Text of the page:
Scientists recreate evolution of complexity using ‘molecular time travel’
January 8, 2012 | James Kohl
“Much of what living cells do is carried out by “molecular machines” – physical complexes of specialized proteins working together to carry out some biological function. How the minute steps of evolution produced these constructions has long puzzled scientists, and provided a favorite target for creationists.”
Groups of molecules that happen to stick are credited with tinkering, degradation, and good luck during evolution. Does that mean each of our ancestors as far back as single-celled organisms was preserved because they helped our other ancestors to survive? If so, I have a problem with what appears to be a one-way model. For example, how does the accumulation of simple, degenerative changes over long periods of times cause speciation, which incorporates many of the complex molecular machines present in organisms today? I think the accumulation of simple, degenerative changes in different organisms must stop for one species to establish its ecological niche but I don’t see any explanation for stop-and-start degenerative changes. That’s why one-way models of evolved complexity don’t work for me, but especially when the “one way” is via degradation. For contrast, Lynch et al find no evidence for stepwise evolution.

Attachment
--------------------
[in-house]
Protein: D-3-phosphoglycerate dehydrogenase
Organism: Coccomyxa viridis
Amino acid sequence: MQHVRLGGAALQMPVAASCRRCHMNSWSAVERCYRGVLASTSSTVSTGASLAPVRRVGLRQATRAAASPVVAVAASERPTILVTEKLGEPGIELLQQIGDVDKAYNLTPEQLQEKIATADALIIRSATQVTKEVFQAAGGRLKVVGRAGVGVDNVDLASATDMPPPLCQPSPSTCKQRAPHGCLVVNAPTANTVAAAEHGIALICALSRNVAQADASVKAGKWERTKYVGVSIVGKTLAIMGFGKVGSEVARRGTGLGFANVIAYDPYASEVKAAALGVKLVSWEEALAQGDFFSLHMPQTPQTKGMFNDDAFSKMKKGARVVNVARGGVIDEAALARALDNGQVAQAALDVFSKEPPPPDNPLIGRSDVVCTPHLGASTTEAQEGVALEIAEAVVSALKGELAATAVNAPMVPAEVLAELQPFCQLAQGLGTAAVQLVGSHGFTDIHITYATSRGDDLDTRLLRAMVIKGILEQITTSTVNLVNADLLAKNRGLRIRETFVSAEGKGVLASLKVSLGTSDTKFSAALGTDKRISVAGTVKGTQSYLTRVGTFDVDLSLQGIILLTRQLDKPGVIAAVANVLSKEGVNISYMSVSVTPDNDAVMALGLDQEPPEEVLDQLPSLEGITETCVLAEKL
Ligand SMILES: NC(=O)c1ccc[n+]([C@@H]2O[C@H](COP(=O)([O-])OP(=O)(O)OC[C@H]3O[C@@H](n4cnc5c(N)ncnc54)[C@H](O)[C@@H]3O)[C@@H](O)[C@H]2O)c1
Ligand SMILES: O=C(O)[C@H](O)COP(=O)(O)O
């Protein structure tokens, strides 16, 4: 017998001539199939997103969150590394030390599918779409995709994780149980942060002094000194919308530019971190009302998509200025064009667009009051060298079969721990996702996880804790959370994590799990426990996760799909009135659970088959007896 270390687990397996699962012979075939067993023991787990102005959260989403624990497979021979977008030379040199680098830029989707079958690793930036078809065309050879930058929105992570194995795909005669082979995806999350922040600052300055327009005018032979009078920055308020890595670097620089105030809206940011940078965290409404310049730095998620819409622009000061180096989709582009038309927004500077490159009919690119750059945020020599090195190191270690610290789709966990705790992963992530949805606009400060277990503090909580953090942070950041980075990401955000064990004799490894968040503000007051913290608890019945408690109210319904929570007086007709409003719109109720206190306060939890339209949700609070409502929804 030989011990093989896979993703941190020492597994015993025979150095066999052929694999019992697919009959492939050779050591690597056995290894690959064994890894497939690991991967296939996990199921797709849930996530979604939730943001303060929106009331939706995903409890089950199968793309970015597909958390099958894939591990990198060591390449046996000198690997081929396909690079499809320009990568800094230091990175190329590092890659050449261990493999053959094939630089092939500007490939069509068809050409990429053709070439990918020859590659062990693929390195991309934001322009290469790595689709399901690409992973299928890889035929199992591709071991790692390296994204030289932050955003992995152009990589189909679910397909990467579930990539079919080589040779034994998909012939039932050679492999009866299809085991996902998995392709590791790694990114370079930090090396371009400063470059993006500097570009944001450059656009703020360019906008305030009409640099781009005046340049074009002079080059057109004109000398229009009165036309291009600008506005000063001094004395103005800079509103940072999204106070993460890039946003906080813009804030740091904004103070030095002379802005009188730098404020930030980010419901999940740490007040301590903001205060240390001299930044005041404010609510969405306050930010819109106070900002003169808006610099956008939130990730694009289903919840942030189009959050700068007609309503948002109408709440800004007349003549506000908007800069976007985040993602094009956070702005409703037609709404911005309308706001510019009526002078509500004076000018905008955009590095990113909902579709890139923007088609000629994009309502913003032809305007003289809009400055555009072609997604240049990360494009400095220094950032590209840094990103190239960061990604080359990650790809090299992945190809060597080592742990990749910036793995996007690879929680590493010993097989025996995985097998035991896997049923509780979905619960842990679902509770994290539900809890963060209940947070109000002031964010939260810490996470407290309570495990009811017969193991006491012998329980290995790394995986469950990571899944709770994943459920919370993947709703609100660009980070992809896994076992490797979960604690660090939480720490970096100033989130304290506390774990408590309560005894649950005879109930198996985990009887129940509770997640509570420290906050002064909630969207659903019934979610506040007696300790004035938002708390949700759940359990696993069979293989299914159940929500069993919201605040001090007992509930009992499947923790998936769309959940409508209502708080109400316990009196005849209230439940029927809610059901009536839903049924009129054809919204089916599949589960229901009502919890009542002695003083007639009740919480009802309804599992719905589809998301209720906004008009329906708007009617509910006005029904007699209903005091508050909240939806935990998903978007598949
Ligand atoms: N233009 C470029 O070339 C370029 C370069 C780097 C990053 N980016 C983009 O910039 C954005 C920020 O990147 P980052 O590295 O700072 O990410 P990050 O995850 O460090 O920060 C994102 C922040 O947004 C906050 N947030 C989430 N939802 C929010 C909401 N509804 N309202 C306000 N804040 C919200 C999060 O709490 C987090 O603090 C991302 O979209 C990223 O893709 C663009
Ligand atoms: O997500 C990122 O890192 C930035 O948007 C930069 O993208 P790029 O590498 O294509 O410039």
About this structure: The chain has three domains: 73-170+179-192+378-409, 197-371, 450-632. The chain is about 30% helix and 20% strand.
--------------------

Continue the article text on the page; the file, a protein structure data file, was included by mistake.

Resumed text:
“There is a broad consensus that many of the genetic changes underlying the evolution of morphology occur by the stepwise modification of individual pre-existing cis-regulatory element modules5,6,29. However, it is questionable whether the origin of complex novelties—such as the origin of new cell types, which involves the recruitment of hundreds of genes—can be achieved by these small-scale changes7,29.”
The importance of the evolved mammalian placenta to human behavior cannot be overstated. The chemical communication that occurs in utero between mother and child probably are responsible for the genetically predisposed mother-infant bond, which sets the post-natal stage for the development of differences in adult behavior. I will have more to say about this in a follow-up post.